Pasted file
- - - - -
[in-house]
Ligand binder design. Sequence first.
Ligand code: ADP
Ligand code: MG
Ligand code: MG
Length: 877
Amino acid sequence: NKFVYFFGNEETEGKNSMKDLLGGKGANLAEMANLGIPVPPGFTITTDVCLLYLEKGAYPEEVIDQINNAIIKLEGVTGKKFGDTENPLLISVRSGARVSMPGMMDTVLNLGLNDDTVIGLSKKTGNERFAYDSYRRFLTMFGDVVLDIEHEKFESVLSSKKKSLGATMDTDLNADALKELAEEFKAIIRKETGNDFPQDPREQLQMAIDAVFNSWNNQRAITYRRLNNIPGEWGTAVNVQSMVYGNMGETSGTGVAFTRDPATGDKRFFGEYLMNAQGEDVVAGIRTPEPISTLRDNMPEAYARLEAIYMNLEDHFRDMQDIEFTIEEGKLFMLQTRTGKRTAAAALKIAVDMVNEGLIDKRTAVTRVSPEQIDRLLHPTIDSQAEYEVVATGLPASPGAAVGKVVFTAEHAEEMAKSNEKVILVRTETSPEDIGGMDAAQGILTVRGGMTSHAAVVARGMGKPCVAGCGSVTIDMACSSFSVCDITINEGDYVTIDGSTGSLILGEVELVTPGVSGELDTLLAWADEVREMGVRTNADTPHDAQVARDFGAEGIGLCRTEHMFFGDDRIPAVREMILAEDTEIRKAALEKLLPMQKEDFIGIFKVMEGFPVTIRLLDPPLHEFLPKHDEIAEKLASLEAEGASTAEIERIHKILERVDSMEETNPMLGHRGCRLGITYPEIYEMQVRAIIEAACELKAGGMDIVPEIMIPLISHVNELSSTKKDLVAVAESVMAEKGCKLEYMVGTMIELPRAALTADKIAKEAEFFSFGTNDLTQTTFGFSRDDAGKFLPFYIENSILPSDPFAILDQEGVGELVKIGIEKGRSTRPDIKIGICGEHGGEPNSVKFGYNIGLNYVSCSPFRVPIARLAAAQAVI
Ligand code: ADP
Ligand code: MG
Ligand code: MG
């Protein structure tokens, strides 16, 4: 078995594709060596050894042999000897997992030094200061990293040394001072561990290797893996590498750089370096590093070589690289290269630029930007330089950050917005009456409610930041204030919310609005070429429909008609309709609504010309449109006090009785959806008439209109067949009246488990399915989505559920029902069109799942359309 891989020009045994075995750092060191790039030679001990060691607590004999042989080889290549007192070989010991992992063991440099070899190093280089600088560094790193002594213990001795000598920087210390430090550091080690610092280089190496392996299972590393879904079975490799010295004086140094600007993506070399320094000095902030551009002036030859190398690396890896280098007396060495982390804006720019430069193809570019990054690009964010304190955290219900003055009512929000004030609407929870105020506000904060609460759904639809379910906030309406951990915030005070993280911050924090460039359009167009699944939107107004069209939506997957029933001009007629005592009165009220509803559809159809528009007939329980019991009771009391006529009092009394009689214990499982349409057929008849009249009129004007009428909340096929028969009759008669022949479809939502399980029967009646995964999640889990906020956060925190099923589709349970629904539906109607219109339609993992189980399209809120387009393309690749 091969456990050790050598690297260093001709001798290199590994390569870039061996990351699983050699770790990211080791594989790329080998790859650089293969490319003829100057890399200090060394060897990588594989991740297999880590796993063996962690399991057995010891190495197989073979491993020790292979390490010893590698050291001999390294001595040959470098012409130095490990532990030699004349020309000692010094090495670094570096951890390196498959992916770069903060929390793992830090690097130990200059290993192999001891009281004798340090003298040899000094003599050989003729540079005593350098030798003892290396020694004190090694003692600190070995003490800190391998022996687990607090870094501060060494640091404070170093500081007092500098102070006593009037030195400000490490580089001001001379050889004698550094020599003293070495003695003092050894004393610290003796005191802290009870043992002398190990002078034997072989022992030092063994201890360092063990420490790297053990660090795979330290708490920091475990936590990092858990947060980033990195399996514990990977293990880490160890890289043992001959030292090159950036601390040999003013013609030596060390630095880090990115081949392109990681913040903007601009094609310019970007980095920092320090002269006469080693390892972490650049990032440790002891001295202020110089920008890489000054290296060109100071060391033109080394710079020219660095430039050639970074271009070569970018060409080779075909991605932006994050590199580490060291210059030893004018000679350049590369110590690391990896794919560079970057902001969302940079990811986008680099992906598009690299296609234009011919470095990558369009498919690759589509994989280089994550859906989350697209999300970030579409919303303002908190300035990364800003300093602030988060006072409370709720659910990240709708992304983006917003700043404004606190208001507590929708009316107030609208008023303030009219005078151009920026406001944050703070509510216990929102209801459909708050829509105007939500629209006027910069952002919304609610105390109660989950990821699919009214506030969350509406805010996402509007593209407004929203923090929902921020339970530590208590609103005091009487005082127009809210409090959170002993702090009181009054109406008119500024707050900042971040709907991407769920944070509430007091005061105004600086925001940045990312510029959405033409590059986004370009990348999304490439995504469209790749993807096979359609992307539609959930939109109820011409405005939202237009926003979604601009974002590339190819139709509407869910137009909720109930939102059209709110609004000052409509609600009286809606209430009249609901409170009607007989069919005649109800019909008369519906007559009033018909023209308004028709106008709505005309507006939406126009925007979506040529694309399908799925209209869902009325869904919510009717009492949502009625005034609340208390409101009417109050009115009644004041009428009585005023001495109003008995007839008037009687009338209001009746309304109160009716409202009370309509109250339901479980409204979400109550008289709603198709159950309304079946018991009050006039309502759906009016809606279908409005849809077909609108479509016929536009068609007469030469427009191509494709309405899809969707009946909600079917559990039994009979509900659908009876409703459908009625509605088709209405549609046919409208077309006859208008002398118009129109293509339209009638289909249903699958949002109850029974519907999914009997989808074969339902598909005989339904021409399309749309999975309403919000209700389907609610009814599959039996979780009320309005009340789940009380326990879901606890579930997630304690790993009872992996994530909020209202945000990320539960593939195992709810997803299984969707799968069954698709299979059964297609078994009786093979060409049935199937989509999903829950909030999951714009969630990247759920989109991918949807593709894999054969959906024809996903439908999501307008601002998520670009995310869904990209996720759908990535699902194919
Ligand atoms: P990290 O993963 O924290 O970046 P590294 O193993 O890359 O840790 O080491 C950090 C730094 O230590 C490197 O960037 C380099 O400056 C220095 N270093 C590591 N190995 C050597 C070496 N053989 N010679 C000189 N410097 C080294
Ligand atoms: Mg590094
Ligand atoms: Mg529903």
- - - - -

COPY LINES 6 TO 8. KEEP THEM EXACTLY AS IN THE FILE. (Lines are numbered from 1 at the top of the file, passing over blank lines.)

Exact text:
Length: 877
Amino acid sequence: NKFVYFFGNEETEGKNSMKDLLGGKGANLAEMANLGIPVPPGFTITTDVCLLYLEKGAYPEEVIDQINNAIIKLEGVTGKKFGDTENPLLISVRSGARVSMPGMMDTVLNLGLNDDTVIGLSKKTGNERFAYDSYRRFLTMFGDVVLDIEHEKFESVLSSKKKSLGATMDTDLNADALKELAEEFKAIIRKETGNDFPQDPREQLQMAIDAVFNSWNNQRAITYRRLNNIPGEWGTAVNVQSMVYGNMGETSGTGVAFTRDPATGDKRFFGEYLMNAQGEDVVAGIRTPEPISTLRDNMPEAYARLEAIYMNLEDHFRDMQDIEFTIEEGKLFMLQTRTGKRTAAAALKIAVDMVNEGLIDKRTAVTRVSPEQIDRLLHPTIDSQAEYEVVATGLPASPGAAVGKVVFTAEHAEEMAKSNEKVILVRTETSPEDIGGMDAAQGILTVRGGMTSHAAVVARGMGKPCVAGCGSVTIDMACSSFSVCDITINEGDYVTIDGSTGSLILGEVELVTPGVSGELDTLLAWADEVREMGVRTNADTPHDAQVARDFGAEGIGLCRTEHMFFGDDRIPAVREMILAEDTEIRKAALEKLLPMQKEDFIGIFKVMEGFPVTIRLLDPPLHEFLPKHDEIAEKLASLEAEGASTAEIERIHKILERVDSMEETNPMLGHRGCRLGITYPEIYEMQVRAIIEAACELKAGGMDIVPEIMIPLISHVNELSSTKKDLVAVAESVMAEKGCKLEYMVGTMIELPRAALTADKIAKEAEFFSFGTNDLTQTTFGFSRDDAGKFLPFYIENSILPSDPFAILDQEGVGELVKIGIEKGRSTRPDIKIGICGEHGGEPNSVKFGYNIGLNYVSCSPFRVPIARLAAAQAVI
Ligand code: ADP